Sunday, May 03, 2015

Charging or free charges

Batteries by Tesla Motors can revolutionise electricity for the world’s poorest citizens the way mobile technology disrupted the telecommunications industry. Coupled with solar panels or wind turbines, powerful lithium-ion batteries can store energy and provide electricity for people facing what’s called “energy poverty.”

“In a lot of places there are no utility lines,” Musk, Tesla’s chief executive officer, said at the introduction of itsTesla Energy products. “This allows you to go completely off grid.”

About 1.3 billion people worldwide don’t have access to electricity, according to the International Energy Agency. Almost 97% of those people live in sub-Saharan Africa and developing Asia, according to the agency. Those regions could be good locations for so-called micro-grids—self-contained systems of solar panels and batteries.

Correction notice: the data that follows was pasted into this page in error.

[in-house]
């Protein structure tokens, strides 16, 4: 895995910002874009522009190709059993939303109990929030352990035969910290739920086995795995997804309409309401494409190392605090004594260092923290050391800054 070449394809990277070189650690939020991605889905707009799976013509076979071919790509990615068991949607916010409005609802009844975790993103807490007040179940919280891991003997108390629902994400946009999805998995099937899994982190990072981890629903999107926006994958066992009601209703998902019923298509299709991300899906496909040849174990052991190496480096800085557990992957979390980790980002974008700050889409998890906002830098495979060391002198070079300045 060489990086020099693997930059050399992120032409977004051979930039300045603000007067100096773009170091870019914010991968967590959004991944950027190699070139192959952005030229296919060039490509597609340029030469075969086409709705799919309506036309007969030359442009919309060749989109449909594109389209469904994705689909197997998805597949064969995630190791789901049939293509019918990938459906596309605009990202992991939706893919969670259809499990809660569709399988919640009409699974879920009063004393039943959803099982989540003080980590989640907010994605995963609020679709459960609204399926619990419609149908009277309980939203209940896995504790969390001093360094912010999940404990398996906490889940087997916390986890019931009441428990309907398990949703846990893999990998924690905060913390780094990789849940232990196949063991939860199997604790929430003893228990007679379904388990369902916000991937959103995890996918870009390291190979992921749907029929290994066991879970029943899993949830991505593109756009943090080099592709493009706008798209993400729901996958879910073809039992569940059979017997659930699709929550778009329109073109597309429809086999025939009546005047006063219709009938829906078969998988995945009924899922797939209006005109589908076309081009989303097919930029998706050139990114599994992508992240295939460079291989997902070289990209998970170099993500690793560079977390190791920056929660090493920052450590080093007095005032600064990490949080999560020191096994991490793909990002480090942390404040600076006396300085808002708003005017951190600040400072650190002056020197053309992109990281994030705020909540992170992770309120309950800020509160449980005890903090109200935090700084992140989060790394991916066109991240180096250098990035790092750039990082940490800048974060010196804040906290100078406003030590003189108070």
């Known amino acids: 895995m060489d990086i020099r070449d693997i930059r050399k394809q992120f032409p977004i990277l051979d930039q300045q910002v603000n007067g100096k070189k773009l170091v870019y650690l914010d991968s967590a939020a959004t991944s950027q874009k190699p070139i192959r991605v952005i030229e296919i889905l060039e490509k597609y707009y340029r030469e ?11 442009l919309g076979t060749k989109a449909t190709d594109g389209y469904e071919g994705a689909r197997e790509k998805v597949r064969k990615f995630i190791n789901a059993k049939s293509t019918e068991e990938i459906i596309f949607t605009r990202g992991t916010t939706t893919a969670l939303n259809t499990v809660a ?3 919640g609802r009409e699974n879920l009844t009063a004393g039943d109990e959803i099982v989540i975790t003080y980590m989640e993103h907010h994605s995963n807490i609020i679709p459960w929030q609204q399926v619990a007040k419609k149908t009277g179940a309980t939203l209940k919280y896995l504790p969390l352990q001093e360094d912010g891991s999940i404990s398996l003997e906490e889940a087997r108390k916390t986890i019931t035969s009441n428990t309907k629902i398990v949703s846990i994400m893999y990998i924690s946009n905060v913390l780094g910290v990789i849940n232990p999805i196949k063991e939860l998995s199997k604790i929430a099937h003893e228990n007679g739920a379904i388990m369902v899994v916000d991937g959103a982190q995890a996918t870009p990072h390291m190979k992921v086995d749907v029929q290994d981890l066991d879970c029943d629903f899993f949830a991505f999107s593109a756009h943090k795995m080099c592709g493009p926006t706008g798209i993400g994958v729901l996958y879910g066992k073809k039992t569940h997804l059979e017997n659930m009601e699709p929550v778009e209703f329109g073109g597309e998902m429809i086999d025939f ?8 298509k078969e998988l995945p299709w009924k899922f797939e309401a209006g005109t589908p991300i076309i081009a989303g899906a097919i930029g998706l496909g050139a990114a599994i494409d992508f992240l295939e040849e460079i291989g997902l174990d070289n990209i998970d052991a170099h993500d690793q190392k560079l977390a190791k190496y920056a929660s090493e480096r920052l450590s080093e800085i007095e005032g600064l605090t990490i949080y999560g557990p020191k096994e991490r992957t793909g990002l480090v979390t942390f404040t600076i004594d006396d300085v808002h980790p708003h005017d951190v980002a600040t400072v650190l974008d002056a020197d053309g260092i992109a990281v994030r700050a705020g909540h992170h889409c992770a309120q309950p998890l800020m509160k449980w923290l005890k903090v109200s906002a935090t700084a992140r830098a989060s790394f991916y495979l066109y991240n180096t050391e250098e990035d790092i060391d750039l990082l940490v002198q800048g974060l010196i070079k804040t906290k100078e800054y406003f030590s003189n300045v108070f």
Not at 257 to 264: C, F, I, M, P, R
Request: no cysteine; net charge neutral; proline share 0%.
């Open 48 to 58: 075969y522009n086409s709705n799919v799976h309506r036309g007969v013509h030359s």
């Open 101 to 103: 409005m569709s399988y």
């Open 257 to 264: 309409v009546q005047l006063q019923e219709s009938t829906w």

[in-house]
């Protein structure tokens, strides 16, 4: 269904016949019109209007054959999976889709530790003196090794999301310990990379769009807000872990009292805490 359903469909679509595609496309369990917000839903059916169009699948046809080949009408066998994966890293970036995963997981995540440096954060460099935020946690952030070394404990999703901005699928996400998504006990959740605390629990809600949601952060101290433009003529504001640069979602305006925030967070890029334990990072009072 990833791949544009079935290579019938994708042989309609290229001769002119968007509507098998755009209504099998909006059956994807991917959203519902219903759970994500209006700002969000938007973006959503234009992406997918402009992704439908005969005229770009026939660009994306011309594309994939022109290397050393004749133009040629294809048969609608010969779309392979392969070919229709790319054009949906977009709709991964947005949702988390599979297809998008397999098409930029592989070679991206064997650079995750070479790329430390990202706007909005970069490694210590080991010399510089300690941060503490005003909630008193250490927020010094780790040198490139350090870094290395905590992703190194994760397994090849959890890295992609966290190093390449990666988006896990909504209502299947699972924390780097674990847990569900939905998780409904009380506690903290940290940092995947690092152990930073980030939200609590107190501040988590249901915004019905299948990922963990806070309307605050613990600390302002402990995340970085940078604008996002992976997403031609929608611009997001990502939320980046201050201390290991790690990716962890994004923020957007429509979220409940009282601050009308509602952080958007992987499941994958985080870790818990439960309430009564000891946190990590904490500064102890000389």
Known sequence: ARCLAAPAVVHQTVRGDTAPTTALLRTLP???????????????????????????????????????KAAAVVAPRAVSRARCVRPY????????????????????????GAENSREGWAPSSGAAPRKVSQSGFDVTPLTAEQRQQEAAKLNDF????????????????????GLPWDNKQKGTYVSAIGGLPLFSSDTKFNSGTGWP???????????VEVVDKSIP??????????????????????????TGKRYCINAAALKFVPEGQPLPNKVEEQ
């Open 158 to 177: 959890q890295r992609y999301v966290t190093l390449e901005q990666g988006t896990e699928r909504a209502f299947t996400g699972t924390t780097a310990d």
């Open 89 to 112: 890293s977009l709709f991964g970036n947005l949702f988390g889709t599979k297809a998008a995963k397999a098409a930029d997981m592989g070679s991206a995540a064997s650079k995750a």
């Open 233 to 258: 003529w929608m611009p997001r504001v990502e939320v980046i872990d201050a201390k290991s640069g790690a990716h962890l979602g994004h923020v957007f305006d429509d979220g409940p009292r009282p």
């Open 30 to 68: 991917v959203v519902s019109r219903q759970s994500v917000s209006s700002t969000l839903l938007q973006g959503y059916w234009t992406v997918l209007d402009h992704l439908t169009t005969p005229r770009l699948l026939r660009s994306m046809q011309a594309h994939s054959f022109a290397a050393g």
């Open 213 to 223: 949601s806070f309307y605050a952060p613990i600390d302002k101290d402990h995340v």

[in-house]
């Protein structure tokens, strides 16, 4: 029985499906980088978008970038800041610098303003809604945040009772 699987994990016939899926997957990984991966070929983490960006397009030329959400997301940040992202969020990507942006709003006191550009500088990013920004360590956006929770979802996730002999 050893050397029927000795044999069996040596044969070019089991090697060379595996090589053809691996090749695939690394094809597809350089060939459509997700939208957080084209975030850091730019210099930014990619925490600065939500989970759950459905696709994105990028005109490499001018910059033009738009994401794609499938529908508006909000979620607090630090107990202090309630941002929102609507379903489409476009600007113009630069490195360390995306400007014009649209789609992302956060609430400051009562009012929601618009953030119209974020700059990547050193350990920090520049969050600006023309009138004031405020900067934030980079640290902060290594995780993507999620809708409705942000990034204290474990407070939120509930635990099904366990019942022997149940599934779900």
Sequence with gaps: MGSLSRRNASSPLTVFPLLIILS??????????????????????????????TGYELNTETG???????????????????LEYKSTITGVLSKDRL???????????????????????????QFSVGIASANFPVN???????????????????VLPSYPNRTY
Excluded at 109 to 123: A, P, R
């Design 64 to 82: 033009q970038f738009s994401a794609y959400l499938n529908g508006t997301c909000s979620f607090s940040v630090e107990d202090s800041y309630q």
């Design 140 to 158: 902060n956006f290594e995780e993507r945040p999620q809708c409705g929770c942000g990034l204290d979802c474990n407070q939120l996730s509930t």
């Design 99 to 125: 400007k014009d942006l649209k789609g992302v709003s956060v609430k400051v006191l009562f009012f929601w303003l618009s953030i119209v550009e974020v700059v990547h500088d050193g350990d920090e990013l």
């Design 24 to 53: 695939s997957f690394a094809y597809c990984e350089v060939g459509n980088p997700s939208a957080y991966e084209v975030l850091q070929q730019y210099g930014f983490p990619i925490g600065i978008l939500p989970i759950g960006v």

Peter Asmus, an analyst with Navigant Consulting explained that if declining prices of solar panels and batteries continue as expected, “that’s the game changer.” Asmus said solar and battery systems can be used to replace dirty and expensive diesel generation commonly used in developing countries. Whether a poor community would use smaller home batteries or a shared system isn’t yet clear. In some cases, people might pay for electricity using their mobile phones. “The challenge is how do you get people to pay,” Asmus said.

Isn’t it tragic that a new technology that is not merely a game-changer but a life-changer eventually comes down to how to charge people (and make a profit) rather than provide the energy charge for free so they can go about their daily lives.

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